“Mrs. Giggy,” the nurse’s aid announced her presence as she knocked lightly
on door number 57. “It’s time for your medicine. I could hear you coughing down
the hall and thought I’d try to make you more comfortable.”
Dora woke from her cat nap and acknowledged Sally with a smile and a nod.
“Oh, thank you, dear. You all take such good care of me.” The white-haired lady
cheerfully rewarded her helper with a pat on the hand and a flash of her lively blue
“I just wish all our patients were as agreeable as you,” Sally chuckled. “By the
way, some carolers from the Shore Mennonite church will be visiting in a half hour.
Do you want me to keep your door open or closed?”
“Oh, I love to hear the old Christmas carols. It reminds me of my days in the
one- room school. The children and I used to sing them from Thanksgiving till
Christmas break. Please, leave my door open so I can enjoy the music.”
After the aide left, Dora gazed out the window into the courtyard. Snowflakes
fell softly, covering the evergreens with a blanket of white. Red and blue lights
provided welcome relief from the fading afternoon gloom.
Weary from coughing, she once again closed her eyes and drifted back to that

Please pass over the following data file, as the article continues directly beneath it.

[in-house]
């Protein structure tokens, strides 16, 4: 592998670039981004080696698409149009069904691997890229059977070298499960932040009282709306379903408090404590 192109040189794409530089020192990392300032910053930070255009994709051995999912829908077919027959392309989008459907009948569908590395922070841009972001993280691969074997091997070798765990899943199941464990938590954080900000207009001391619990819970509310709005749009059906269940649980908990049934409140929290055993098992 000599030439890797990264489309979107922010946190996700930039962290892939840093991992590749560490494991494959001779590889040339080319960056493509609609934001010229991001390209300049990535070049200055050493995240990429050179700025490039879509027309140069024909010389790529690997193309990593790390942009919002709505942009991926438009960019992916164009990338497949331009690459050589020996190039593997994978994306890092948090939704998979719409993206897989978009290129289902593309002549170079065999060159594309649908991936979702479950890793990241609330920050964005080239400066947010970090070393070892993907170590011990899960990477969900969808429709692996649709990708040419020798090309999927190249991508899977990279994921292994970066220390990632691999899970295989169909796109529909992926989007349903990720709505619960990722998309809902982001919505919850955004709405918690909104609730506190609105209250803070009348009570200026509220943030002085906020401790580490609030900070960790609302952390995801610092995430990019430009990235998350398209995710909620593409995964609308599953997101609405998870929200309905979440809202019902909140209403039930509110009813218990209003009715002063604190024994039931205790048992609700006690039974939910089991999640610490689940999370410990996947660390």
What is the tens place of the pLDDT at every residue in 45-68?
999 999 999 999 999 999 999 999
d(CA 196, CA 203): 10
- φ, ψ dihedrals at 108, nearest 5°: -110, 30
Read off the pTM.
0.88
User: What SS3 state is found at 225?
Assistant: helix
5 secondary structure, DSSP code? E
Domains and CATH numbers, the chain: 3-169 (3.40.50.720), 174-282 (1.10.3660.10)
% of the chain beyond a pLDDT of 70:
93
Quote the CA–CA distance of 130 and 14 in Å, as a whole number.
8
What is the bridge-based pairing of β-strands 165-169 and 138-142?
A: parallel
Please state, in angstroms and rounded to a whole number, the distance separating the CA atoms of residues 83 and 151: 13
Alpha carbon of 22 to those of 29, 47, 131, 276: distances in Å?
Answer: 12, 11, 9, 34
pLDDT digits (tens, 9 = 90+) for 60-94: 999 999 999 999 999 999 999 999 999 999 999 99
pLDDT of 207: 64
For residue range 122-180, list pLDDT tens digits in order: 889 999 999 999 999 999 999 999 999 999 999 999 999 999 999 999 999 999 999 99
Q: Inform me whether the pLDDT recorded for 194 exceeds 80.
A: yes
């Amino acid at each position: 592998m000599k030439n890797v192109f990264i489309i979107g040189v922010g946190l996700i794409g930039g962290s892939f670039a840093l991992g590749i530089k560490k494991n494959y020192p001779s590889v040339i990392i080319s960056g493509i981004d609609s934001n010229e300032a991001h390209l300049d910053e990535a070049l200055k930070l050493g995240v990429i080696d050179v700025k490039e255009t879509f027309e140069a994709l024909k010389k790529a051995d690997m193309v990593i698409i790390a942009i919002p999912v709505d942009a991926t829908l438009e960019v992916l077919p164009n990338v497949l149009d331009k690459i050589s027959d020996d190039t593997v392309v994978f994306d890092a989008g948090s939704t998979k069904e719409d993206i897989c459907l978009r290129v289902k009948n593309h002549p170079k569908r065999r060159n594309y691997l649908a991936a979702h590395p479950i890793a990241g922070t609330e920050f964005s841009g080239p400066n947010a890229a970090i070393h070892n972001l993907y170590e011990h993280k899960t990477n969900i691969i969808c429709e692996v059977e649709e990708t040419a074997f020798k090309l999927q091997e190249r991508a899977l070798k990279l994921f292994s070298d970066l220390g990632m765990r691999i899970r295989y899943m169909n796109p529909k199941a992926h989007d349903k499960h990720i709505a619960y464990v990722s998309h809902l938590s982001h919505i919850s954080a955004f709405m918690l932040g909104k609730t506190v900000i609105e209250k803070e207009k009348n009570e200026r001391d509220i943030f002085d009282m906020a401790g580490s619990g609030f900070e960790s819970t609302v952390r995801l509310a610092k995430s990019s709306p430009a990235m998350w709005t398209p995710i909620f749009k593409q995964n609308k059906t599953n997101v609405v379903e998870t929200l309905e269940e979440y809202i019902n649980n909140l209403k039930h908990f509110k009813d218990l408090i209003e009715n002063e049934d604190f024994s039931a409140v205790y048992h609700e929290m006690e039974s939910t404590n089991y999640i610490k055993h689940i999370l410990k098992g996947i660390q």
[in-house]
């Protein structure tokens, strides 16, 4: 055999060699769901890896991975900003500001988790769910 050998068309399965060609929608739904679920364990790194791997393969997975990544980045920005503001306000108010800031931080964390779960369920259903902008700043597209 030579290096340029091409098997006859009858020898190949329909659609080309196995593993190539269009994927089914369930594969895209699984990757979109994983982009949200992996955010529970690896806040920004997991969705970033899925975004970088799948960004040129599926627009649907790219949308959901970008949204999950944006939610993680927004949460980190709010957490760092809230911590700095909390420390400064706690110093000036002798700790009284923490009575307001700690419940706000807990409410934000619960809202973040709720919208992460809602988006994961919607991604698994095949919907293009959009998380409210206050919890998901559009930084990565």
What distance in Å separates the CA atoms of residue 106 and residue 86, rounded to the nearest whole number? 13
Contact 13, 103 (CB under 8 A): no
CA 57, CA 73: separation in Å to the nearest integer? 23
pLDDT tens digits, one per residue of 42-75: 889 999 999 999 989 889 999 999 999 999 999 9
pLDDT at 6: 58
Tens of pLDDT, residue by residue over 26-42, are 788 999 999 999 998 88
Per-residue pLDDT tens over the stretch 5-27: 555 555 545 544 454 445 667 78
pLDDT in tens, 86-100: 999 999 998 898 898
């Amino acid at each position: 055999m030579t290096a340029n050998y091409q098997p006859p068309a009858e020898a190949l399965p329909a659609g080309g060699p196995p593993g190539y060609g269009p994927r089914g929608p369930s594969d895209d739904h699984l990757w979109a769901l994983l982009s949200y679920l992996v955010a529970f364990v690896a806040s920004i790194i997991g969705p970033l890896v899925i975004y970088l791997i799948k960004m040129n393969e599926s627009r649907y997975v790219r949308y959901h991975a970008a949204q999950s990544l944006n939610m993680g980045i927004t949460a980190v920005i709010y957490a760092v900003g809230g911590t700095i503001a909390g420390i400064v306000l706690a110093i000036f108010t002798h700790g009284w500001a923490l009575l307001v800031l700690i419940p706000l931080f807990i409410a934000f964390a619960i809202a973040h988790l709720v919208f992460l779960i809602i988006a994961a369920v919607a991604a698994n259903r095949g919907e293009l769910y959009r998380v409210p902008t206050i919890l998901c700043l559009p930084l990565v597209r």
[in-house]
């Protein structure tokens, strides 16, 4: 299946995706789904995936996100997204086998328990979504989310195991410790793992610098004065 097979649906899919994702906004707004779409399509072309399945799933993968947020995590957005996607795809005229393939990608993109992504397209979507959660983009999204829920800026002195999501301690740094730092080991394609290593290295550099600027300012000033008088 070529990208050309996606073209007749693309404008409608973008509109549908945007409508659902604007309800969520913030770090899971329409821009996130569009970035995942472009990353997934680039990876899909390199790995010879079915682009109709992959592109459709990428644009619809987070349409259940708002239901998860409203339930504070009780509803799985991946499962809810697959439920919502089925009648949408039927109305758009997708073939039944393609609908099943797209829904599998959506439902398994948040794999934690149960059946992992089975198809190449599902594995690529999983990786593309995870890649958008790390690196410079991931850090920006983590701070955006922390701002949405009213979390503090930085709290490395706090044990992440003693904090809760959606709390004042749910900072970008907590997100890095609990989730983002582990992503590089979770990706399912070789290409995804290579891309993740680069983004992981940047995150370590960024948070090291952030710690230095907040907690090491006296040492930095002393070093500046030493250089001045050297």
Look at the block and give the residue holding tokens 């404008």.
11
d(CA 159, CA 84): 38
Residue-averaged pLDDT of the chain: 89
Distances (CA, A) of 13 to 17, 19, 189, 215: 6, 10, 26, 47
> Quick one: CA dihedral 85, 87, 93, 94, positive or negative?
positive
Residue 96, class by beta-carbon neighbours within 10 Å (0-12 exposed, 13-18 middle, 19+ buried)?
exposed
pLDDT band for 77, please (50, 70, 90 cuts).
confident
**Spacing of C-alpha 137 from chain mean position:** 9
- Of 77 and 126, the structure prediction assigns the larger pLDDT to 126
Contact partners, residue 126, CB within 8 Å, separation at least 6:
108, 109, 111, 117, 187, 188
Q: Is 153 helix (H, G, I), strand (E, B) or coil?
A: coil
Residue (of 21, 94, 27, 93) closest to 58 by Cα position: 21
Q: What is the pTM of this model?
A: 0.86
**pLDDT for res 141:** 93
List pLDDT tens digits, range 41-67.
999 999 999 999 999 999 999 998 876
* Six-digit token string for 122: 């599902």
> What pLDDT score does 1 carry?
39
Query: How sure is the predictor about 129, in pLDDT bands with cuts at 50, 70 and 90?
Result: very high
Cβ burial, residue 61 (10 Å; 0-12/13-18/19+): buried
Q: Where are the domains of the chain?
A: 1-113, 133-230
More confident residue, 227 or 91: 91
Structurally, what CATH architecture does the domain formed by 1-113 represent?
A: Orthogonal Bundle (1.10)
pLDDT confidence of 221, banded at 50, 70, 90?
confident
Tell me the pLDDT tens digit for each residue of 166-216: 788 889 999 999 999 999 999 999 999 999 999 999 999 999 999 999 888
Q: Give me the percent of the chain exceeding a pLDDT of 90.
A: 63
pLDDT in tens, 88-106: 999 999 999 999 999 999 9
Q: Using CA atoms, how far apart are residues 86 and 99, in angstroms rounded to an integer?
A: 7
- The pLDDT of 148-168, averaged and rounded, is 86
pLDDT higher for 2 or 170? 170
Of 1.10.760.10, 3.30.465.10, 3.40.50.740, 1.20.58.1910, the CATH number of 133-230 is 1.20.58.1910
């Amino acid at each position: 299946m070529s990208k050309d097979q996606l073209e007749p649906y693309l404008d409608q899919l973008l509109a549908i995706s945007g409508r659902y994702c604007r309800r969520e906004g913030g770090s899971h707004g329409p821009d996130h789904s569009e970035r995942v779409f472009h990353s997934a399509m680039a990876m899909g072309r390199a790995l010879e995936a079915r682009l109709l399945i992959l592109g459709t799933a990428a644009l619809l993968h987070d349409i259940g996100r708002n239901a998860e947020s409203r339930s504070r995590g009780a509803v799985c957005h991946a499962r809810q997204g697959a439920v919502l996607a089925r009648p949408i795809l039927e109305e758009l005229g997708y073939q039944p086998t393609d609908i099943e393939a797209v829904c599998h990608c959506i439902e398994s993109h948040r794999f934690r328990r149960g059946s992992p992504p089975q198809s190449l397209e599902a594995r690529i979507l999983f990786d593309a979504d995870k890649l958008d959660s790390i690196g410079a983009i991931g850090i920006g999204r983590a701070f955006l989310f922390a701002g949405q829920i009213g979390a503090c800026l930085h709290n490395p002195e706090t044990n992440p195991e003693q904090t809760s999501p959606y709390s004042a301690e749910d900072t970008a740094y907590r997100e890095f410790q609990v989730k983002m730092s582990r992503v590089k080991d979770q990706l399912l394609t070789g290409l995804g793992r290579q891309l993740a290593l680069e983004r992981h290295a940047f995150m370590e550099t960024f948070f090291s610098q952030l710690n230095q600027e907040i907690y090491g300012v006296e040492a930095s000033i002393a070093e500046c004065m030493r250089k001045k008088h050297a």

classroom of fifty years ago.
“Children, do any of you have a tree on your farm that would be suitable to
decorate for Christmas?” the schoolmarm’s eyes twinkled in anticipation.
Hands flew up in response. “I do, I do!” the voices of the Amish children rose
in chorus, competing for their teacher’s attention.
“Well, let’s see, Eli, you live close to the school. Do you think your papa would
mind cutting one of your evergreens down and hauling it over next Friday
“Yes, ma’am, I’m sure he can!” From her experiences of living with the local
families, she knew that Mr. Bontrager would be glad to hitch up his team for their
Later the next week, the children stared in awed silence as Eli and Mrs. Giggy
steadied the Douglas fir into the red metal stand. Even bare it added life to the drafty
Depression years were difficult ones. Dora had saved every bit of tin foil she
could get her hands on. She passed out her little treasures to circles of children,
who twisted the foil into sparkly ornaments to decorate the tree. Next, she set a
large cast-iron kettle on the wood burning stove to pop some corn for stringing.
Nellie broke into the first verse of “Oh Christmas Tree” and they all joined in.
Even without accompaniment, they sounded like angels in her memory.
When the tree was adorned with all the festive ornaments, Leroy, the tall eighth
grader was picked to put the star on top. He hadn’t seemed too excited about the
Christmas project until she called his name for this special task. His eyes lit with
pleasure; Dora knew her students and what would motivate.
As she cherished this long ago Christmas, the sounds of “God Rest Ye Merry
Gentlemen” wafted down the nursing home hallway. Tears trickled down her
wrinkled cheek as she mouthed the familiar words. Ninety-eight years had brought
many Christmases, but none were quite as special as those spent with the Amish
children back in her one-room country school.
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